Serve with corn muffins/bread or french bread and butter/dip.

livelaughlove21's avatar

@Tropical_Willie It wasn’t that it lacked taste. It was just a bad taste. And I think it had to do with it starting to burn halfway through the cook time even though I followed the recipe exactly.

I know there are recipe books, but I’m asking here for tried and true recipes. I haven’t had much luck with cookbook recipes.

Coloma's avatar

Edit: I omitted slicing the sausage but….. I figure you guys most likely, won’t just toss the whole thing into the soup. lol
You can also toss in some sliced yellow crookneck squash, yummy!

Buttonstc's avatar

Which brand crockpot are you using? Or is it a slow cooker. There is a difference. I’m assuming the brand name is somewhere prominent on this appliance?

Normally, crockpots should not be burning the food in the normal cooking range of 8–10 hours.

Plus, you really shouldn’t be putting pasta in a crockpot. Usually the pasta is cooked separately and then the meat and sauce is put over it.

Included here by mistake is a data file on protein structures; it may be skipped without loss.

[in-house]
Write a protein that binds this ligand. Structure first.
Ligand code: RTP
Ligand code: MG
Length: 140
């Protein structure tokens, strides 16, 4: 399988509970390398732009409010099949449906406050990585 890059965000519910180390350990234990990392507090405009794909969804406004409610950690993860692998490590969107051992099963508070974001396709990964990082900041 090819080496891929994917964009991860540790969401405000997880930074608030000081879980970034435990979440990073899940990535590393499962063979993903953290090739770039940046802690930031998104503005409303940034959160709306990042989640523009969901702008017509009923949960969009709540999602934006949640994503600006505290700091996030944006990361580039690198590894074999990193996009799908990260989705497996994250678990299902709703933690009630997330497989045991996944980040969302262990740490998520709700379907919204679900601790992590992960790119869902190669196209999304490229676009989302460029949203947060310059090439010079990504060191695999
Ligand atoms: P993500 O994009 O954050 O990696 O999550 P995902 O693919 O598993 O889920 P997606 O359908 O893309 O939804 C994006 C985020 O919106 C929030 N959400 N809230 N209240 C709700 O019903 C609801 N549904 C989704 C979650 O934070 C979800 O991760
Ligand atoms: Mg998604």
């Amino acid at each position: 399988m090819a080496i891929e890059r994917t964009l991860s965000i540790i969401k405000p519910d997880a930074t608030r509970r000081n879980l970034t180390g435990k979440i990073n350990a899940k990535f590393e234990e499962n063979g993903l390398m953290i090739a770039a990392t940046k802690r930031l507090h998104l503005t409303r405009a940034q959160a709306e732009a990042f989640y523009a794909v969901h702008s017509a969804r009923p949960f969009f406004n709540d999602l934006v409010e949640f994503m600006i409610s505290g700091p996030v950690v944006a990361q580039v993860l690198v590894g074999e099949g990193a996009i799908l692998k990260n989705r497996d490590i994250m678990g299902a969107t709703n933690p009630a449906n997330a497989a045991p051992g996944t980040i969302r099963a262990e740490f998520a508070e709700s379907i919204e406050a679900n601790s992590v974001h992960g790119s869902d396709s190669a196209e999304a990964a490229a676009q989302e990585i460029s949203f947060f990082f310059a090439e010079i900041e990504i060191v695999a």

livelaughlove21's avatar

@Buttonstc It’s a crockpot. And I’m not sure why, but it WAS burning. And no, I don’t put pasta in the crockpot, but the recipe called for the rice to be put in. I put it on low and, four hours later, it started to smell funny. The rice wasn’t done, but the saucy part was sticking to the side and hardening. Nothing has burned in there before, so I don’t think it’s an issue with the crockpot itself. Not sure…

Here’s a thought. Would washing the bowl in the dishwasher deplete some sort of coating that keeps anything from sticking to it? This happened after I stuck it in the dishwasher for the first time.

Brenna_o's avatar

I cook my chili on low for 3–4 hrs and then on high for 30 min to get it super hot. Fresh beans may she longer though. I always use canned beans.

gailcalled's avatar

I am about to give my slow cooker to my niece with three small sons. After the initial enthusiasm, I see I haven’t used it in two years. The old-fashioned way with a dutch oven and low flame works just fine for soups, stews and oatmeal. If I use a serious pot like a Cuisenart and a trivet over a low flame, I can leave something simmering for an hour or two.